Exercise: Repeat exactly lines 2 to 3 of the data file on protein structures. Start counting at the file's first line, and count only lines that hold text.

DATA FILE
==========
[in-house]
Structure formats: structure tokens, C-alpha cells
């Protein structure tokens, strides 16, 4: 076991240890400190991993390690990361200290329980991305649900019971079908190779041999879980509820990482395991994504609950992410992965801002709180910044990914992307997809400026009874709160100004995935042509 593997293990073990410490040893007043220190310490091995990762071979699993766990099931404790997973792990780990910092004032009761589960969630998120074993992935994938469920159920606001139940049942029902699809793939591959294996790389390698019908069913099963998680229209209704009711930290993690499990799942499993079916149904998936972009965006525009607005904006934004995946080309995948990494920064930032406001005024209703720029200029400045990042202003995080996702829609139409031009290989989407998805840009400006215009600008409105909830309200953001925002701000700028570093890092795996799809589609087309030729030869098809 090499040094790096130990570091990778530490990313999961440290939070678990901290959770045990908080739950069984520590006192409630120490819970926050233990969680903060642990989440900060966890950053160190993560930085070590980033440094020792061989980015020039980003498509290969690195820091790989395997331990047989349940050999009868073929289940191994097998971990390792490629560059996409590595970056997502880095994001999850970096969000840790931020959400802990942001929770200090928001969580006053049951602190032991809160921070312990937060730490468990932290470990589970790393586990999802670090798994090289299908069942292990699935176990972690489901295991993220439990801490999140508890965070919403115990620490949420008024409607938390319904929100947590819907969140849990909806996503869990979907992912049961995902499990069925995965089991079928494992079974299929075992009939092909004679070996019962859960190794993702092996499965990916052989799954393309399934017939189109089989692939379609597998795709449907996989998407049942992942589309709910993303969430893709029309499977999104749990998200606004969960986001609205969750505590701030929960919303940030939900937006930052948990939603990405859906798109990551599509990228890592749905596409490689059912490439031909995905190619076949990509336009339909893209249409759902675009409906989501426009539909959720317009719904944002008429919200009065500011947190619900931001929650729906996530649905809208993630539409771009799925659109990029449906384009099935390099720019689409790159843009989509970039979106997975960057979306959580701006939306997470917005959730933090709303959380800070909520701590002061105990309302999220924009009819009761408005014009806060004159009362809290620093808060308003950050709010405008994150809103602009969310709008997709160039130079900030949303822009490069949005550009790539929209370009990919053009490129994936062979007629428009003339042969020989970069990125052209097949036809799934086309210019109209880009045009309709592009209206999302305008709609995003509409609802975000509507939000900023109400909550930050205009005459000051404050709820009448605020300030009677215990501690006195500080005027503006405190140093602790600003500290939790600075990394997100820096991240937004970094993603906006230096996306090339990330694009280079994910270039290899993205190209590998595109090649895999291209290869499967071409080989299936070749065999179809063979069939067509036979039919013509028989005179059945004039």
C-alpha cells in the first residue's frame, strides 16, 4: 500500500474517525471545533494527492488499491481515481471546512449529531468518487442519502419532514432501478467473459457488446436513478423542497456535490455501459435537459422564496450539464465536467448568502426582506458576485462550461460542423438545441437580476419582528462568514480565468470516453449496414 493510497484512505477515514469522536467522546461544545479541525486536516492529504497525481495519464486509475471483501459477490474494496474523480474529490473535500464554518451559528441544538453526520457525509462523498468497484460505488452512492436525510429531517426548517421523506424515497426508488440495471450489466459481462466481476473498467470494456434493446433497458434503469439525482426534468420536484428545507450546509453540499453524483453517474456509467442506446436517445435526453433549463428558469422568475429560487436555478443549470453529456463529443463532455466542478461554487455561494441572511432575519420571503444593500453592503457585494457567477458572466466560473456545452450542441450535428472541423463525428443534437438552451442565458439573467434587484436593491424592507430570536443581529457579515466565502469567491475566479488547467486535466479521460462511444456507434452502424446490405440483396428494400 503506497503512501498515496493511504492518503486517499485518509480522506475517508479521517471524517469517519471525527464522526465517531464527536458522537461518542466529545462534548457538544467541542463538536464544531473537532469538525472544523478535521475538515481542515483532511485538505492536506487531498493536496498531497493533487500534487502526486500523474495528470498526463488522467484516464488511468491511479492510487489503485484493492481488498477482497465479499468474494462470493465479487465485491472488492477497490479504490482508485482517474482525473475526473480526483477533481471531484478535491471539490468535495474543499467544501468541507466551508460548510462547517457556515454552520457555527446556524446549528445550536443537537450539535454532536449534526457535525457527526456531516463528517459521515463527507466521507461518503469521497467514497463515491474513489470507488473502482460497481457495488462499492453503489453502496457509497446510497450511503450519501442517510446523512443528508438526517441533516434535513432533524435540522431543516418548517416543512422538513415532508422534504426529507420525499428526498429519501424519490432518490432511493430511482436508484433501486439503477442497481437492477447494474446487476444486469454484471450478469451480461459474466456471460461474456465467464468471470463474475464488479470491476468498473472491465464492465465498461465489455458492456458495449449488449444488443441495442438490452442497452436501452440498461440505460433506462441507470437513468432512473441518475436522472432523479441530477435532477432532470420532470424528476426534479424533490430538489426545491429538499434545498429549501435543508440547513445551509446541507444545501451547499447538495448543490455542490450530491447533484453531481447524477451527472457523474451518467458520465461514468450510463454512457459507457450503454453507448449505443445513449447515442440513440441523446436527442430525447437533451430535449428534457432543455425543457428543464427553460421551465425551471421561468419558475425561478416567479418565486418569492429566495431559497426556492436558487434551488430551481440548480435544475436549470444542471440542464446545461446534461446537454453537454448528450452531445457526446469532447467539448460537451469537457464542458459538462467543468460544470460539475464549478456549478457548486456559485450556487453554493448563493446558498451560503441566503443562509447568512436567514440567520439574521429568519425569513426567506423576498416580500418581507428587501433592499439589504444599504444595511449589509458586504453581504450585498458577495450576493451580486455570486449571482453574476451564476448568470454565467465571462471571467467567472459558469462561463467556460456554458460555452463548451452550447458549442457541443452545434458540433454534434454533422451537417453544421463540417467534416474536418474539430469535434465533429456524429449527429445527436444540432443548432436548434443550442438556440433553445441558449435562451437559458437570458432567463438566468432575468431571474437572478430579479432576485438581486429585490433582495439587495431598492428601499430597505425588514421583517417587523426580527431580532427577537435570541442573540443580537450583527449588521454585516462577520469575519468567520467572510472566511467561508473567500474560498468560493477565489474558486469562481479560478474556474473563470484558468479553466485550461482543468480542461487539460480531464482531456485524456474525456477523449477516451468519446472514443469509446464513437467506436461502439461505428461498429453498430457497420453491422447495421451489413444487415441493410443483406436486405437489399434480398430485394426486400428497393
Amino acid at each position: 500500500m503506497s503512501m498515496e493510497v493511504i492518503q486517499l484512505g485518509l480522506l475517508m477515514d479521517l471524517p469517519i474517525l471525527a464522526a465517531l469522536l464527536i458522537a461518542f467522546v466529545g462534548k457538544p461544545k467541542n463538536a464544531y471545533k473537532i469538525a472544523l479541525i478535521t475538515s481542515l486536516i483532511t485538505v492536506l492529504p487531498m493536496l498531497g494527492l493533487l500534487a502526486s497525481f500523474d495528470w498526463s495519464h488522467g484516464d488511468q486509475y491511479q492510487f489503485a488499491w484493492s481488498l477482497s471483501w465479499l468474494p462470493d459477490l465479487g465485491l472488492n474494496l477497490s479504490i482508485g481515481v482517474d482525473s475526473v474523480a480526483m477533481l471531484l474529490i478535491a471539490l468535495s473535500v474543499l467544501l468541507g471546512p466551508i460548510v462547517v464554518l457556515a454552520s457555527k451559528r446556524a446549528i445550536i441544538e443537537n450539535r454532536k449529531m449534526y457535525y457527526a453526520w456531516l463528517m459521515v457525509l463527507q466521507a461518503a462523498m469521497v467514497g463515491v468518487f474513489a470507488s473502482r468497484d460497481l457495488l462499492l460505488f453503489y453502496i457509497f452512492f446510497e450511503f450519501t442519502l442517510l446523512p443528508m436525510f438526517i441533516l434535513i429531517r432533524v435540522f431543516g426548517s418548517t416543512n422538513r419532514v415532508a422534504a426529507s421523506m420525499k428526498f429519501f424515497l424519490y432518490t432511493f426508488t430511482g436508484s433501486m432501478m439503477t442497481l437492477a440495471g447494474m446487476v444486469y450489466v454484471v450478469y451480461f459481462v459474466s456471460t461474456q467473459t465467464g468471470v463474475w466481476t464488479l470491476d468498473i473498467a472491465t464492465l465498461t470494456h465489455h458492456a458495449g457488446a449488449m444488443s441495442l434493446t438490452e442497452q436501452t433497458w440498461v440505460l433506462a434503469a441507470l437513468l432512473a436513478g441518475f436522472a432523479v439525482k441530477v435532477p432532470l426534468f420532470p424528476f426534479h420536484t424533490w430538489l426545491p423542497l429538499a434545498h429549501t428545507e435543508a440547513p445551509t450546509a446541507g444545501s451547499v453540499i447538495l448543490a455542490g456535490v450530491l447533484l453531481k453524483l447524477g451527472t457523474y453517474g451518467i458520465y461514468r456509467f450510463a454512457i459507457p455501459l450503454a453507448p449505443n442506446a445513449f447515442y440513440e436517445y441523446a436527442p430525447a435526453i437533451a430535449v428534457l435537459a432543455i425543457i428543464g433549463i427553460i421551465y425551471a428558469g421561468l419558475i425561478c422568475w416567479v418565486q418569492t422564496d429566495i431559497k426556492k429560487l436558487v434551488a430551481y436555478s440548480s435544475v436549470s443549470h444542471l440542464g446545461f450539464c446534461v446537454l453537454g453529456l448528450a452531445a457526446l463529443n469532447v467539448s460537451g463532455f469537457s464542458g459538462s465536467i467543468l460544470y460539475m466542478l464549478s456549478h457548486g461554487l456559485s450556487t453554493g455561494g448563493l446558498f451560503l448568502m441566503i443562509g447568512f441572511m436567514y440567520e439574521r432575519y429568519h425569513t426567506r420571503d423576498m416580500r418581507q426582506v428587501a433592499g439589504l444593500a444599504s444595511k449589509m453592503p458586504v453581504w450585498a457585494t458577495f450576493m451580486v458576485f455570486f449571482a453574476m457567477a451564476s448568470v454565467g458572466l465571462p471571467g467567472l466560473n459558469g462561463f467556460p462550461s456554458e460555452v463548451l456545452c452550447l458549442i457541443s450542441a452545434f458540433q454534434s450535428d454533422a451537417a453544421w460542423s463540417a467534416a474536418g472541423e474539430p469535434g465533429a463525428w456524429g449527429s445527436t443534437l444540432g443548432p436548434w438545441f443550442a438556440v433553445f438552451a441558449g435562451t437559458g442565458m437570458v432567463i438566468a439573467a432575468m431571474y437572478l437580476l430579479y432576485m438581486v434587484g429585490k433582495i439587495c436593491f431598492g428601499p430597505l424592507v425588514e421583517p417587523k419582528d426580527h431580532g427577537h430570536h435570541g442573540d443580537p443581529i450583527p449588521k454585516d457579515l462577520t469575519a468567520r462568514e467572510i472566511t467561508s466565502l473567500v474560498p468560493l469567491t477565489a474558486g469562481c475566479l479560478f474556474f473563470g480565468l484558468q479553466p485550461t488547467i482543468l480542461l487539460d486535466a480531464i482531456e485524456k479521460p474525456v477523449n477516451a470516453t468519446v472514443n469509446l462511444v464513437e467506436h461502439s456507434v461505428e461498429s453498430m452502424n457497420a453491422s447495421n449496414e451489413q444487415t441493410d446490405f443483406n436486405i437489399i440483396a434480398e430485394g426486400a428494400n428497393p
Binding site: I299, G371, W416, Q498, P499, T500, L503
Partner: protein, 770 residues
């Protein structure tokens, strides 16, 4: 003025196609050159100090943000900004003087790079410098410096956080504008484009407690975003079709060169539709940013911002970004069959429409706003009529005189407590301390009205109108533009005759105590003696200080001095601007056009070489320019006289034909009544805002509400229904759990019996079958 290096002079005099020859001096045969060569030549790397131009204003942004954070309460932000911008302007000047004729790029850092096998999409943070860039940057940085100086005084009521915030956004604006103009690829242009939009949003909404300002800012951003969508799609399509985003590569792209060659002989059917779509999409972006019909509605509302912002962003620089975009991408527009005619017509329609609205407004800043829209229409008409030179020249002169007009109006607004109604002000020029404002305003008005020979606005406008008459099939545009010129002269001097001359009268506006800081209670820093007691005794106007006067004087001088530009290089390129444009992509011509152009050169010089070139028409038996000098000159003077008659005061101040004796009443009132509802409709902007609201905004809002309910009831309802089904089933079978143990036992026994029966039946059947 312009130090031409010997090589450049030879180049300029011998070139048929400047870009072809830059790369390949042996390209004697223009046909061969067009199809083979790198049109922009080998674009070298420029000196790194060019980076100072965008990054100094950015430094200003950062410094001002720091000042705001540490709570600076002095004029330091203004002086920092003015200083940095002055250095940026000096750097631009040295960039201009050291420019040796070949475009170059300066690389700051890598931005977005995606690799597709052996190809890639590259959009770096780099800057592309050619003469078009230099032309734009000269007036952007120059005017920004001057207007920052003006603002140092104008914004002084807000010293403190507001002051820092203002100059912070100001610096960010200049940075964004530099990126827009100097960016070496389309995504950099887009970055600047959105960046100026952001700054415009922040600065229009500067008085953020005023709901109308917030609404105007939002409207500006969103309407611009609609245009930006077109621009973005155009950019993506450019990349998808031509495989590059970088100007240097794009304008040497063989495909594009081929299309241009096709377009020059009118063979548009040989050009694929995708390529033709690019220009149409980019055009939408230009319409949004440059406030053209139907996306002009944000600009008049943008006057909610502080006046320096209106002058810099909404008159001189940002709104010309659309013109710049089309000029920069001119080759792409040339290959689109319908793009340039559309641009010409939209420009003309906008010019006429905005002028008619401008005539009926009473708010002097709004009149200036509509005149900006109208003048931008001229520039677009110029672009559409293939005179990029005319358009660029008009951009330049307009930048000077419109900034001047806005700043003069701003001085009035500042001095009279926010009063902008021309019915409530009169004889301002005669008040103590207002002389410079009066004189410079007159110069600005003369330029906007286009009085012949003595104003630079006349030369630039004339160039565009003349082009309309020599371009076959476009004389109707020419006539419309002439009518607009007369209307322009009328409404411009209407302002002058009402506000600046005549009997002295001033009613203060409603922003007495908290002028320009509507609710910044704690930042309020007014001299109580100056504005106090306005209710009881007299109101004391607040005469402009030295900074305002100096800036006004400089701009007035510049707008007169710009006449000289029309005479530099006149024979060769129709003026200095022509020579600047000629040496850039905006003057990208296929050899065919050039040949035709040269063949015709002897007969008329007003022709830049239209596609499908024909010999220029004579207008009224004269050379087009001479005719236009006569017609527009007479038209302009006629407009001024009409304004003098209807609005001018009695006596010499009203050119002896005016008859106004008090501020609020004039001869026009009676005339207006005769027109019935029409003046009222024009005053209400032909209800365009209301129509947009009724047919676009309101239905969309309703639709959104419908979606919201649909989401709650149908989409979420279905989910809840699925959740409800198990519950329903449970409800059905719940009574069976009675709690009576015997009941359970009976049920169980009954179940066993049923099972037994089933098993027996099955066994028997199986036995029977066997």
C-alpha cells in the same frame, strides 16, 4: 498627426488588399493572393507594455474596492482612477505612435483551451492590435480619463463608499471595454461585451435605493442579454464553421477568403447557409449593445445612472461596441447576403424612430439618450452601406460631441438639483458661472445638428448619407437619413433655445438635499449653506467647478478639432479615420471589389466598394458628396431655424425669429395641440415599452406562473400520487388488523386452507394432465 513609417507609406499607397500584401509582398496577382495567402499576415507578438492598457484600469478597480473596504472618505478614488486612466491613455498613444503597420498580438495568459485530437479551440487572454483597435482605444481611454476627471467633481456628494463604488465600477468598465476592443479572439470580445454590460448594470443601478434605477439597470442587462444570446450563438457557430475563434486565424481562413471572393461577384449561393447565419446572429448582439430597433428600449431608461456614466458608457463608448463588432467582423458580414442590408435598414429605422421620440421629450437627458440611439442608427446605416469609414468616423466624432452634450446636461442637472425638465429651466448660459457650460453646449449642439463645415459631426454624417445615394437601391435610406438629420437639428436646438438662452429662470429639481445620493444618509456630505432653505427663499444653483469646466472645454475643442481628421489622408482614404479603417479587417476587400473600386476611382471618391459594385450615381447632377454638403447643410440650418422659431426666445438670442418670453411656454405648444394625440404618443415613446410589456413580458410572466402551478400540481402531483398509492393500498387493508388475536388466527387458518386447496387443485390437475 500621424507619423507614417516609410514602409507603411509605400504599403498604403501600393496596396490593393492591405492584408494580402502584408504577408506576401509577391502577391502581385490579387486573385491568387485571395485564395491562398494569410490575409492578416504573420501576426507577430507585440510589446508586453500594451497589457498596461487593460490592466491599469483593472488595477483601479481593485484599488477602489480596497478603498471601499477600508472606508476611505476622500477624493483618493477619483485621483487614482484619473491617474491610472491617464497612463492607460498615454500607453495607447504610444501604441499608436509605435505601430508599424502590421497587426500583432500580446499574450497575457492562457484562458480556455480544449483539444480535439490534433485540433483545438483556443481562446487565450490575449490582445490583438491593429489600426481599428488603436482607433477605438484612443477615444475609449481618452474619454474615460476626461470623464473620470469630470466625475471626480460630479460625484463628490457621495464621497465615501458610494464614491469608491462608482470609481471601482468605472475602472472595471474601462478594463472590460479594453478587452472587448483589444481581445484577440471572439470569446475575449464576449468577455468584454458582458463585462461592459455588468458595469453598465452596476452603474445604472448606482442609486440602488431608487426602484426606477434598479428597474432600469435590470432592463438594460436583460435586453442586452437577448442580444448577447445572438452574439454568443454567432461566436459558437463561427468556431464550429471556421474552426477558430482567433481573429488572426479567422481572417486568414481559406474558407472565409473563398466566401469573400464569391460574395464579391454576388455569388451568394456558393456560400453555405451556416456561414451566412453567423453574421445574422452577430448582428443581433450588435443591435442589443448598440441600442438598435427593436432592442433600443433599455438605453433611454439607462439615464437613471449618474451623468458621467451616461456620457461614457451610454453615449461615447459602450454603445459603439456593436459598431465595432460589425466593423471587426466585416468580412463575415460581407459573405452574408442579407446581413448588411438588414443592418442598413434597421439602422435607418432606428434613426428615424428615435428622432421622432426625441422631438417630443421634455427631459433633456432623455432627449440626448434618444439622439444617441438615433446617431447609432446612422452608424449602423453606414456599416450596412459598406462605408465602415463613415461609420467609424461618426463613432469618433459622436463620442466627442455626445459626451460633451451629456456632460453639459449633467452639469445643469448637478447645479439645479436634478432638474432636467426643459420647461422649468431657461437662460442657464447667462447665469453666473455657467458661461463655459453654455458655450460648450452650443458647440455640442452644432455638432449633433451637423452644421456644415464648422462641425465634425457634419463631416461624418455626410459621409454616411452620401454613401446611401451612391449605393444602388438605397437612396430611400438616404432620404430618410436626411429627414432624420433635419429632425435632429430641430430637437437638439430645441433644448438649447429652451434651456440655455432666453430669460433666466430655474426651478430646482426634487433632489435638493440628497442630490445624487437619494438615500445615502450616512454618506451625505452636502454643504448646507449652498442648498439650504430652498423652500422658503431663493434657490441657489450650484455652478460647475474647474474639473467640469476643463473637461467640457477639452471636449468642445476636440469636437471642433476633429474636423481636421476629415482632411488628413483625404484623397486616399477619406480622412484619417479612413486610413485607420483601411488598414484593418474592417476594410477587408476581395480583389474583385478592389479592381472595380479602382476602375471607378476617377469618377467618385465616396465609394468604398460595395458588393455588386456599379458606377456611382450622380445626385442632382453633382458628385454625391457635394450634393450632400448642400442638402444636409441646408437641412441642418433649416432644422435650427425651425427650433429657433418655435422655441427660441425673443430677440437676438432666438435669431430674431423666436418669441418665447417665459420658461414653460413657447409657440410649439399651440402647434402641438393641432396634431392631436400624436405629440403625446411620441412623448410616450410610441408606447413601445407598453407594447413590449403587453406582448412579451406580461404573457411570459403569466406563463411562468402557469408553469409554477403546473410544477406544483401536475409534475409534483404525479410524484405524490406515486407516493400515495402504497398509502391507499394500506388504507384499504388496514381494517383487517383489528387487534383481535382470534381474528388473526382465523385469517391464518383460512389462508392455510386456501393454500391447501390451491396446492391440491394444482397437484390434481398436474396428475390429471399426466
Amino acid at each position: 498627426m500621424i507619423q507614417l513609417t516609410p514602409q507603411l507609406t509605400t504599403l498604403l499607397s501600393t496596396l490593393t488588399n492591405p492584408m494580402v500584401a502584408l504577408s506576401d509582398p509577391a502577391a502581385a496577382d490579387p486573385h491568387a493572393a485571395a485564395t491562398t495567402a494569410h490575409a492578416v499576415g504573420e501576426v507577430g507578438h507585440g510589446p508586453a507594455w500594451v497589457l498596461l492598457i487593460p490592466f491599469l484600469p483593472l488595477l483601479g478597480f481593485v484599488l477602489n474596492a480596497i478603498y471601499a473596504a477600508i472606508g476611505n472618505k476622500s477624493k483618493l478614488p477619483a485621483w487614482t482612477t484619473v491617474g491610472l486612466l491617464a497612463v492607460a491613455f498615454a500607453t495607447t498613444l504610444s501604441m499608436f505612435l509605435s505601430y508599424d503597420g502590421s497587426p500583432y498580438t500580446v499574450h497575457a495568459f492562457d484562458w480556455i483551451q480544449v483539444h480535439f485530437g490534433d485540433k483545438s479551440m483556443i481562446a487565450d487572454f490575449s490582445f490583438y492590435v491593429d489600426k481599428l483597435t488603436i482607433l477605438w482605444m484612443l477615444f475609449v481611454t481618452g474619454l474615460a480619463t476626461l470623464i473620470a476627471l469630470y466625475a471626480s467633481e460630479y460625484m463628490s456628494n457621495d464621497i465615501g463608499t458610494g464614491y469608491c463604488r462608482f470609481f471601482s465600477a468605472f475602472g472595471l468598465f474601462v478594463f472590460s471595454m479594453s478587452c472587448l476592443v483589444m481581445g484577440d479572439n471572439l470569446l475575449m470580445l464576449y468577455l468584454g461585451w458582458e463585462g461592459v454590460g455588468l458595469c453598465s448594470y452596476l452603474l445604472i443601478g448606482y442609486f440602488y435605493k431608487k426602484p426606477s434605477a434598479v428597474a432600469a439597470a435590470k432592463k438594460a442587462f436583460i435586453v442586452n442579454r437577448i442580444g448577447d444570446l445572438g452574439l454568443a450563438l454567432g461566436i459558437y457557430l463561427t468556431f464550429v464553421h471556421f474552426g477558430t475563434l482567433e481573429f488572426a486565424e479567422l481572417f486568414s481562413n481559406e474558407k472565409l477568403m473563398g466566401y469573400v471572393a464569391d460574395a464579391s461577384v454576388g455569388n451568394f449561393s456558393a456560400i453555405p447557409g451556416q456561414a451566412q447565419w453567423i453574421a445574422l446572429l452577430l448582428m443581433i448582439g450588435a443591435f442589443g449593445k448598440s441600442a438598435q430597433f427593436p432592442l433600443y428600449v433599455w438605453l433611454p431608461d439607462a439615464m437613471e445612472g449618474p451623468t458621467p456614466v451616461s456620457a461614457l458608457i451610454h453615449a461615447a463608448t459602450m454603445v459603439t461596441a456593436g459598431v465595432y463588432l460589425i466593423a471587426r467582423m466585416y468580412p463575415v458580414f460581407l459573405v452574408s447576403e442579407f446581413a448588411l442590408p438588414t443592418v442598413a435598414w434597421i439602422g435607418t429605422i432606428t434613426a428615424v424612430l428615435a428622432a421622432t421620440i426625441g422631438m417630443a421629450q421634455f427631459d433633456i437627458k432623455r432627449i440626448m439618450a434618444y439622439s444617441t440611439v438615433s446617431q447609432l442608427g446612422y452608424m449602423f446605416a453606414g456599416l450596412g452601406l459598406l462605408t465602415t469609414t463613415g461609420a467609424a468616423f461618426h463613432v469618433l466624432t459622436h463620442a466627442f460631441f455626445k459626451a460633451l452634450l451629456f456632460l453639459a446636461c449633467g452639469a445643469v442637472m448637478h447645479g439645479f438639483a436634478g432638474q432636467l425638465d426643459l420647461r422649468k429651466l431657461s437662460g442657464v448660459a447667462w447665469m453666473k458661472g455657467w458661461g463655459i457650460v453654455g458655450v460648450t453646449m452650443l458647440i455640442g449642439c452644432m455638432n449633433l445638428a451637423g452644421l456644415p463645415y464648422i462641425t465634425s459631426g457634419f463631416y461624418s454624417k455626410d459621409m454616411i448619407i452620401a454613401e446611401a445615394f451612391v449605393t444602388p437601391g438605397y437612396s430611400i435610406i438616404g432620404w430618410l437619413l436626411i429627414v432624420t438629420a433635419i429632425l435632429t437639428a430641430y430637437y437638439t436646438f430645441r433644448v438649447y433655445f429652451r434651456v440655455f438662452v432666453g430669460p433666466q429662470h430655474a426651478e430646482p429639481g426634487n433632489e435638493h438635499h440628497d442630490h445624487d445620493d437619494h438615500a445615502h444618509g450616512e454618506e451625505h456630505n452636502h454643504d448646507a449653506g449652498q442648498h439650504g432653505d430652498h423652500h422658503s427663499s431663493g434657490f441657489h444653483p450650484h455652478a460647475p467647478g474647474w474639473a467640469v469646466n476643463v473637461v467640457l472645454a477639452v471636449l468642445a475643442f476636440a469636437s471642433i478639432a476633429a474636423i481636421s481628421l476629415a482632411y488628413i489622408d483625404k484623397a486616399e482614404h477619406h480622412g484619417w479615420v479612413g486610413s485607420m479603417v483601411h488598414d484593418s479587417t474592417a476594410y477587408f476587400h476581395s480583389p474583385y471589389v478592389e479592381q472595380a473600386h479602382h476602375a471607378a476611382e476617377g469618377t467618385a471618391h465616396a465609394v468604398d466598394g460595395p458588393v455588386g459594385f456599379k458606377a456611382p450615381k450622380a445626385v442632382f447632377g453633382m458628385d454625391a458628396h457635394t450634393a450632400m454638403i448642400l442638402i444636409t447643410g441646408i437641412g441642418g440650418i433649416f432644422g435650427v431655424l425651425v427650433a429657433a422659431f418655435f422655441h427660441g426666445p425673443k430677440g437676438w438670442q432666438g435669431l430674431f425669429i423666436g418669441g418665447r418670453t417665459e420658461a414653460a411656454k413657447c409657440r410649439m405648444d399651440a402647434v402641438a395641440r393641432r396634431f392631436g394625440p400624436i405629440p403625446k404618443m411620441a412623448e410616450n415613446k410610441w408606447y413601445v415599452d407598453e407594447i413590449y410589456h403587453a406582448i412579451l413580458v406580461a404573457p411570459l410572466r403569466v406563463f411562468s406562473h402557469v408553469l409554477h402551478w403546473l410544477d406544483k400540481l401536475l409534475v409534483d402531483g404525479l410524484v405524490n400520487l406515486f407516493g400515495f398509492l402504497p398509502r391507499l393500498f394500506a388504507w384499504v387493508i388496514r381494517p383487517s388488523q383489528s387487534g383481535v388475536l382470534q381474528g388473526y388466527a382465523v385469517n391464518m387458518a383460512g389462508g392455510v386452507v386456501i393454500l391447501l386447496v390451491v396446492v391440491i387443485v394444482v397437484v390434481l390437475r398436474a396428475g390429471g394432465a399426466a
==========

Structure formats: structure tokens, C-alpha cells
């Protein structure tokens, strides 16, 4: 076991240890400190991993390690990361200290329980991305649900019971079908190779041999879980509820990482395991994504609950992410992965801002709180910044990914992307997809400026009874709160100004995935042509 593997293990073990410490040893007043220190310490091995990762071979699993766990099931404790997973792990780990910092004032009761589960969630998120074993992935994938469920159920606001139940049942029902699809793939591959294996790389390698019908069913099963998680229209209704009711930290993690499990799942499993079916149904998936972009965006525009607005904006934004995946080309995948990494920064930032406001005024209703720029200029400045990042202003995080996702829609139409031009290989989407998805840009400006215009600008409105909830309200953001925002701000700028570093890092795996799809589609087309030729030869098809 090499040094790096130990570091990778530490990313999961440290939070678990901290959770045990908080739950069984520590006192409630120490819970926050233990969680903060642990989440900060966890950053160190993560930085070590980033440094020792061989980015020039980003498509290969690195820091790989395997331990047989349940050999009868073929289940191994097998971990390792490629560059996409590595970056997502880095994001999850970096969000840790931020959400802990942001929770200090928001969580006053049951602190032991809160921070312990937060730490468990932290470990589970790393586990999802670090798994090289299908069942292990699935176990972690489901295991993220439990801490999140508890965070919403115990620490949420008024409607938390319904929100947590819907969140849990909806996503869990979907992912049961995902499990069925995965089991079928494992079974299929075992009939092909004679070996019962859960190794993702092996499965990916052989799954393309399934017939189109089989692939379609597998795709449907996989998407049942992942589309709910993303969430893709029309499977999104749990998200606004969960986001609205969750505590701030929960919303940030939900937006930052948990939603990405859906798109990551599509990228890592749905596409490689059912490439031909995905190619076949990509336009339909893209249409759902675009409906989501426009539909959720317009719904944002008429919200009065500011947190619900931001929650729906996530649905809208993630539409771009799925659109990029449906384009099935390099720019689409790159843009989509970039979106997975960057979306959580701006939306997470917005959730933090709303959380800070909520701590002061105990309302999220924009009819009761408005014009806060004159009362809290620093808060308003950050709010405008994150809103602009969310709008997709160039130079900030949303822009490069949005550009790539929209370009990919053009490129994936062979007629428009003339042969020989970069990125052209097949036809799934086309210019109209880009045009309709592009209206999302305008709609995003509409609802975000509507939000900023109400909550930050205009005459000051404050709820009448605020300030009677215990501690006195500080005027503006405190140093602790600003500290939790600075990394997100820096991240937004970094993603906006230096996306090339990330694009280079994910270039290899993205190209590998595109090649895999291209290869499967071409080989299936070749065999179809063979069939067509036979039919013509028989005179059945004039």